Search tips
Search criteria 


Logo of nihpaAbout Author manuscriptsSubmit a manuscriptHHS Public Access; Author Manuscript; Accepted for publication in peer reviewed journal;
Urol Oncol. Author manuscript; available in PMC 2017 April 1.
Published in final edited form as:
PMCID: PMC4834698

Blocking Immune Checkpoints in Prostate, Kidney and Urothelial cancer: An Overview


Despite a long history of immunotherapeutic approaches to treatment, most genitourinary malignancies are not cured by existing immunotherapy regimens. More recently, cell-surface molecules known as immune checkpoints have become the focus of efforts to develop more effective immunotherapies. Interactions between these molecules and their ligands inhibit the proliferation and function of tumor-specific lymphocytes. A monoclonal antibody blocking one of these checkpoints was approved for the treatment of metastatic melanoma and is now being tested in other malignancies. The objective responses seen in these early trials of checkpoint blockade are driving renewed enthusiasm for cancer immunotherapy. There are several ongoing and planned trials in genitourinary malignancies of single-agent inhibitors, as well as combinations targeting multiple checkpoints or adding other types of therapies to checkpoint blockade.

Keywords: CTLA-4, PD-1, Prostate Cancer, Kidney Cancer, Bladder Cancer, PD-L1, LAG-3

I: Introduction

Genitourinary malignancies have a long history of immunotherapeutic approaches to treatment including high-dose interleukin-2 and interferon alpha for renal cell carcinoma[1], bacillus Calmette-Guerin (BCG) for bladder cancer[2]and, most recently, Sipuleucel-T for prostate cancer[3].While effective in many patients, these therapies are, in general, not curative. The development of more effective cancer immunotherapy has long been hampered by the multiple strategies that tumors use to evade destruction by the host immune system[4]. One such strategy involves the expression of cell-surface molecules, known as immune checkpoints, on tumor-specific lymphocytes[5-7]. The interactions between these molecules and their ligands inhibit the proliferation and function of cells with potentially important anti-tumor effect. The FDA approval of a monoclonal antibody that blocks the immune checkpoint CTLA-4 (Ipilimumab (BMS, Princeton, NJ)) for metastatic melanoma in 2011 marked a turning point for immunotherapy – especially for immune checkpoint blockade[8]. Here we review the various checkpoint inhibitors that are in the clinic and their particular importance in genitourinary (GU) malignancies.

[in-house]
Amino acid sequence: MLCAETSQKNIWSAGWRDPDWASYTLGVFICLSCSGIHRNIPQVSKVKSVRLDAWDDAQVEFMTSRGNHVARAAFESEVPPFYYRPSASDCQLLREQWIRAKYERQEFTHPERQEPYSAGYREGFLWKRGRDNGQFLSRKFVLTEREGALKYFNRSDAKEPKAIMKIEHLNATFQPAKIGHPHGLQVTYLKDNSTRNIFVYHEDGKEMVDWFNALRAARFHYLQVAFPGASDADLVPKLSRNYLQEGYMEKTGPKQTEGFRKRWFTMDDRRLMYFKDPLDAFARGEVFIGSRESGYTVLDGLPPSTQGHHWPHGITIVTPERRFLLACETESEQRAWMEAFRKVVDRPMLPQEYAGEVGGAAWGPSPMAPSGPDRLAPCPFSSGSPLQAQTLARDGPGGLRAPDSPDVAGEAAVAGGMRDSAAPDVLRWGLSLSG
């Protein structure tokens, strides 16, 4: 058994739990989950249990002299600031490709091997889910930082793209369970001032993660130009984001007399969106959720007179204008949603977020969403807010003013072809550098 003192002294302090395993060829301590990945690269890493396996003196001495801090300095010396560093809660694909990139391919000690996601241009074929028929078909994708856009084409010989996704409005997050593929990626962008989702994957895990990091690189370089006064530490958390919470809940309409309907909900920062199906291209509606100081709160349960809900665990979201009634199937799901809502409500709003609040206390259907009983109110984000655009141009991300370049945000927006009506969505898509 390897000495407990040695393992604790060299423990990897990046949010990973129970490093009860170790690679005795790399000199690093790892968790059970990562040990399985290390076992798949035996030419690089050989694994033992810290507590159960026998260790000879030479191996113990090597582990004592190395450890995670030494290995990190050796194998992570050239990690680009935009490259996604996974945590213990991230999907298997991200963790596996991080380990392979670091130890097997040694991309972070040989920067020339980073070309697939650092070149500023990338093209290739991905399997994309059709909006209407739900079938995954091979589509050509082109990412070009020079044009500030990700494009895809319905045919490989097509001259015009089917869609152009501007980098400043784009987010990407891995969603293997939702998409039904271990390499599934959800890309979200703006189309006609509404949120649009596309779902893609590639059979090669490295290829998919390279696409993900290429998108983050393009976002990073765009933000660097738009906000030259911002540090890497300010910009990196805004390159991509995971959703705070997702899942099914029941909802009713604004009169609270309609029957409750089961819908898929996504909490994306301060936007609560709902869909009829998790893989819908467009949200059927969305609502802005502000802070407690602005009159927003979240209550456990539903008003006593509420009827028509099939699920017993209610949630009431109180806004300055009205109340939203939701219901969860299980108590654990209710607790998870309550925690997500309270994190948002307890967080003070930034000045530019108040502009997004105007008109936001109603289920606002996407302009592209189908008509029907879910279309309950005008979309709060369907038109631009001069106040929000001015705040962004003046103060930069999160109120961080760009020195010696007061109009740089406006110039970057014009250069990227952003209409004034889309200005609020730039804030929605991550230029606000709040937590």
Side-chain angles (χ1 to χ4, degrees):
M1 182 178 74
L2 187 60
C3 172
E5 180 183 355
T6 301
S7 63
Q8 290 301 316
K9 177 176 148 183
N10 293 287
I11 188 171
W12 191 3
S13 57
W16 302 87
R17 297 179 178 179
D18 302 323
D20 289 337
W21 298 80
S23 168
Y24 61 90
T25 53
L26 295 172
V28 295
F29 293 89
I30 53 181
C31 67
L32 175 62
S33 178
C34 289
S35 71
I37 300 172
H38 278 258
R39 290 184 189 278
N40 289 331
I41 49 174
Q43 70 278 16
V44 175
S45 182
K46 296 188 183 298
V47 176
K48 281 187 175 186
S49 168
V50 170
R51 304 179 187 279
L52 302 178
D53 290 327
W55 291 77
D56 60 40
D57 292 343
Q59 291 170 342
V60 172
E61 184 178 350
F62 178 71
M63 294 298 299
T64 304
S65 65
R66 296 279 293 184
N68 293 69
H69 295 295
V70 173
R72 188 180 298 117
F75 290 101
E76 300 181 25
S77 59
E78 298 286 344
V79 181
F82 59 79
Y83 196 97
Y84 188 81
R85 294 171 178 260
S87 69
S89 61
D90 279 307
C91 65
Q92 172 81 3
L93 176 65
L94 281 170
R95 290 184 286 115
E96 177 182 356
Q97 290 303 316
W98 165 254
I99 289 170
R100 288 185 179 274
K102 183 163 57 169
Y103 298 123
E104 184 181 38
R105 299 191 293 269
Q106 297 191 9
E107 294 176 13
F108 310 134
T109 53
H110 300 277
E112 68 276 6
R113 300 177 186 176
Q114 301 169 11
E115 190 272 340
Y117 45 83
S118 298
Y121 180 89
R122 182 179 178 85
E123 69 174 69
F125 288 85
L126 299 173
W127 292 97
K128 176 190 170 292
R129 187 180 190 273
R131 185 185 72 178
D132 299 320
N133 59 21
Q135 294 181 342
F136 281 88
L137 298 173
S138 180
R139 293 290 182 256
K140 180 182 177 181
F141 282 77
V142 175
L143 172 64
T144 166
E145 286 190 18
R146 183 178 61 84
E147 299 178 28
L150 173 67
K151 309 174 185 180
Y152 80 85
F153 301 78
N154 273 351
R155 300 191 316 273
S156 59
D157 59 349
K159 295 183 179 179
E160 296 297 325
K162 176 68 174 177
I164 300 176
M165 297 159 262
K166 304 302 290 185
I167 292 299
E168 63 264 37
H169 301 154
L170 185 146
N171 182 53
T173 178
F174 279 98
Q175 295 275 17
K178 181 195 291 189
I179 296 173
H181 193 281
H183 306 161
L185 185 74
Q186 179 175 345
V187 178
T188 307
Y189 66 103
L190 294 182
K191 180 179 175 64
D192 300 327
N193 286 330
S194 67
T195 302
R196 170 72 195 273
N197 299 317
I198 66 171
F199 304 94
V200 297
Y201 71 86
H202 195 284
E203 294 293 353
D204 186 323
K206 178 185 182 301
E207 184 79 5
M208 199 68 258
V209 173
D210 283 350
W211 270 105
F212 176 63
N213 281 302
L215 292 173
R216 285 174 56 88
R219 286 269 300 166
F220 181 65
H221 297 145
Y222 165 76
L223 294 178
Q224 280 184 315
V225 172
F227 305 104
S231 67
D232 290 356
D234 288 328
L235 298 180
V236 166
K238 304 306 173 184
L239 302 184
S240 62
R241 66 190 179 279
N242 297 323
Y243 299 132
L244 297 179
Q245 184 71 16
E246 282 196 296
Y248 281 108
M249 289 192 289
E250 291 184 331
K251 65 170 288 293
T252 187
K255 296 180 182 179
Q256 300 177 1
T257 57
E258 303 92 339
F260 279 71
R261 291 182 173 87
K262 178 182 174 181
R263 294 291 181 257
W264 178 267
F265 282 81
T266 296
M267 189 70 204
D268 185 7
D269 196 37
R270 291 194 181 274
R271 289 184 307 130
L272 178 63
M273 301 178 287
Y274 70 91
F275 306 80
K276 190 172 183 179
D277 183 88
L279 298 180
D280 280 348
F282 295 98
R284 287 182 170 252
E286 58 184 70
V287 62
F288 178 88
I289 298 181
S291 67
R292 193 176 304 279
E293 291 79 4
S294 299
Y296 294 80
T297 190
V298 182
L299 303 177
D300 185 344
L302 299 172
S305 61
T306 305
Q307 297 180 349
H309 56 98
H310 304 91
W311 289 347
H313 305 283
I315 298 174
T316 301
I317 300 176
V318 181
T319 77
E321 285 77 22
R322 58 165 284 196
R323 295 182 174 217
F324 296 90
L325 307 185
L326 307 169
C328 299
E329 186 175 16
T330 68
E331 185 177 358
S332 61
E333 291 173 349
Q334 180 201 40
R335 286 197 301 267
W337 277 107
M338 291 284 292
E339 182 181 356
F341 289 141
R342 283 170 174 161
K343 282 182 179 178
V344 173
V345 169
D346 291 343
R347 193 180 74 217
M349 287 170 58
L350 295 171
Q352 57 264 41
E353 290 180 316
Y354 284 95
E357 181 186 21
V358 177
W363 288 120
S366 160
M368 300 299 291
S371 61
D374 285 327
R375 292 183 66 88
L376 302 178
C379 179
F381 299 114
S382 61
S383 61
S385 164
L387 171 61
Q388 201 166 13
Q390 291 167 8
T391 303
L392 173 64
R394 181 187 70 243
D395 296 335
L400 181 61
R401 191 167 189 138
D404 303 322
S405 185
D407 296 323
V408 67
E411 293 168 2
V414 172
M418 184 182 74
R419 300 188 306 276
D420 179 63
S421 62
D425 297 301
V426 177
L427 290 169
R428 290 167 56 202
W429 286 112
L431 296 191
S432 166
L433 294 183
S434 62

II: CTLA-4 - A Prototypical Immune Checkpoint

The FDA approval in 2011 of Ipilimumab (Yervoy) for advanced melanoma opened a new chapter in the almost 20 year long story of CTLA-4 (Cytotoxic T Lymphocyte Antigen-4). Structurally homologous to the co-stimulatory molecule CD28, CTLA-4exerts its inhibitory role by binding to the same ligands (B7.1 and B7.2) CD28 does[9], though with a markedly higher affinity and avidity. This results in an effective “hijacking” of signal 2.While CD28 is found on the surface of naïve and activated T cells, CTLA-4 is only detectable after activation[10]. The therapeutic effects of CTLA-4 blockade seem to be due primarily to enhancing the effector function of T cells[11], though more recent data suggest that anti-CTLA-4 antibodies may function by depleting regulatory T cell (Treg) as well[12, 13]. The first reports of CTLA-4 blockade enhancing anti-tumor immunity in mice appeared in 1996 when the Allison group demonstrated enhanced rejection of established tumors after anti-CTLA-4 antibody treatment[14]. The broad and vital role of CTLA-4 in modulating the activation of T cells is underscored by the autoimmunity and early death seen in CTLA-4-deficient mice[15]and the significant rate of immune-related adverse events (IRAEs) seen in patients treated with CTLA-4 blockade[16].